Two babies are switched at birth. When the mistake is discovered 12 years later, it leads to complications in the lives of both families. One family is affluent, with dutiful and (... See full summary »
An upper middle-class French family celebrates a birthday in a restaurant. In one evening and during one meal, family history, tensions, collective and separate grudges, delights, and ... See full summary »
Based on Crooked House, a work of detective fiction by Agatha Christie first published in the US by Dodd and Mead Company in March 1949, and published in the UK by the Collins Crime Club on 23 May of the same year.
This is the third Agatha Christie adaptation (and second featuring Tommy and Tuppence) by Pascal Thomas and his best to-date.
Thomas is at the top of his art when he can combine mystery and sophisticated comedy, which is the case once again in 'Le Crime est notre affaire', a loose adaptation of '4.50 From Paddington' in which Miss Marple has been replaced by Tommy and Tuppence. The mystery is exciting (a murder without a corpse) but as was the case with 'Mon petit doigt m'a dit' the pleasure also comes from the offbeat atmosphere, the strange locations , the impeccable cast with the right talented actor or actress in the right place (special kudos to Claude Rich as the old stingy pain in the neck).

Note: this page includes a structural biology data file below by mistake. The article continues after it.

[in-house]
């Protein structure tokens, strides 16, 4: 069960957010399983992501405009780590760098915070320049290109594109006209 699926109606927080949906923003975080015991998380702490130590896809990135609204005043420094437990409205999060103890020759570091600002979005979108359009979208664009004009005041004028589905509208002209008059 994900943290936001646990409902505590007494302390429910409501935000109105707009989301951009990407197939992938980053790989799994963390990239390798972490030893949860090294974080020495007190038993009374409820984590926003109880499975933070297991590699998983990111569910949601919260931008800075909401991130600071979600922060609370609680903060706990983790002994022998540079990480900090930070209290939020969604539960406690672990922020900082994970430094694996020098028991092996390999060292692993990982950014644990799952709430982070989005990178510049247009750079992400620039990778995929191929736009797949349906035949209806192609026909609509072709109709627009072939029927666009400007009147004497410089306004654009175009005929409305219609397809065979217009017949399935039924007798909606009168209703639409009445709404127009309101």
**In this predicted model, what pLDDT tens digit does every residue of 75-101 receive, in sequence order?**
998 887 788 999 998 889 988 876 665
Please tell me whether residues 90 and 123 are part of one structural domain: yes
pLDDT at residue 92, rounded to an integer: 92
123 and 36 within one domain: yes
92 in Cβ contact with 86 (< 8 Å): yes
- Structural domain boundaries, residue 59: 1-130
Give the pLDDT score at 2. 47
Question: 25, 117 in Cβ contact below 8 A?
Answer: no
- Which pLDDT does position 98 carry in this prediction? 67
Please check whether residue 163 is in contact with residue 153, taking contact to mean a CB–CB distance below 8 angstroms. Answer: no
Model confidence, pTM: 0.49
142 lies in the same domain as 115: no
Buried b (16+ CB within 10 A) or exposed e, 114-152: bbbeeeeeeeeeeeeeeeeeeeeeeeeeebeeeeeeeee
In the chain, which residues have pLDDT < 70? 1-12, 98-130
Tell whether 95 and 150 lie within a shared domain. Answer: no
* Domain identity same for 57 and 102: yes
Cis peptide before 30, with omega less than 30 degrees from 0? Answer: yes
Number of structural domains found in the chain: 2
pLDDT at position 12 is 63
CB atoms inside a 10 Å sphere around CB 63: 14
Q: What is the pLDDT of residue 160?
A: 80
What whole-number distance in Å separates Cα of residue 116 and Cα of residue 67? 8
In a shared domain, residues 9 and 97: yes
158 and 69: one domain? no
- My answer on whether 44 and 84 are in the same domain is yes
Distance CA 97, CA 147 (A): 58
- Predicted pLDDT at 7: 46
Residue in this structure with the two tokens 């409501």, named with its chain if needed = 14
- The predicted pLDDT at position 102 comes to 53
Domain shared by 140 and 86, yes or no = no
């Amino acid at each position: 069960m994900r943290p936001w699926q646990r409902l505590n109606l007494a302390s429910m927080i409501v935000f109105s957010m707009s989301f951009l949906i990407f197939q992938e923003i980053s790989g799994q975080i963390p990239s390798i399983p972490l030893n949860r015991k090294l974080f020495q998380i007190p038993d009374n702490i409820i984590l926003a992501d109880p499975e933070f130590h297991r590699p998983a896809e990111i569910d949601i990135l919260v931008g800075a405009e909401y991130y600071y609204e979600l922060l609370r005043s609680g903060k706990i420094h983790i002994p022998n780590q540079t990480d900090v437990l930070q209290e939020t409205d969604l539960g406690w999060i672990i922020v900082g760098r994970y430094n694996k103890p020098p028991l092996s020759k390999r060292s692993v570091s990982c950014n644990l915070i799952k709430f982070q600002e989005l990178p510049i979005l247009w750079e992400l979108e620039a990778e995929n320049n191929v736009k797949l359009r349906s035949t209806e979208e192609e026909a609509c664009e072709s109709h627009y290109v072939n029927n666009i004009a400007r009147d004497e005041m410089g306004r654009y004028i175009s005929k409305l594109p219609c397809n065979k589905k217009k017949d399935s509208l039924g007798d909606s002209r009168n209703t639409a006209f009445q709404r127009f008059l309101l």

The icing on the cake is the brilliant dialog, filled with witty one-liners, exchanged by a wonderful couple of modern Myrna Loy-William Powells (I mean of course the marvelous Catherine Frot and André Dussolier), as the eccentric bickering-but-loving couple of amateur sleuths.
An entertainment of very good quality.
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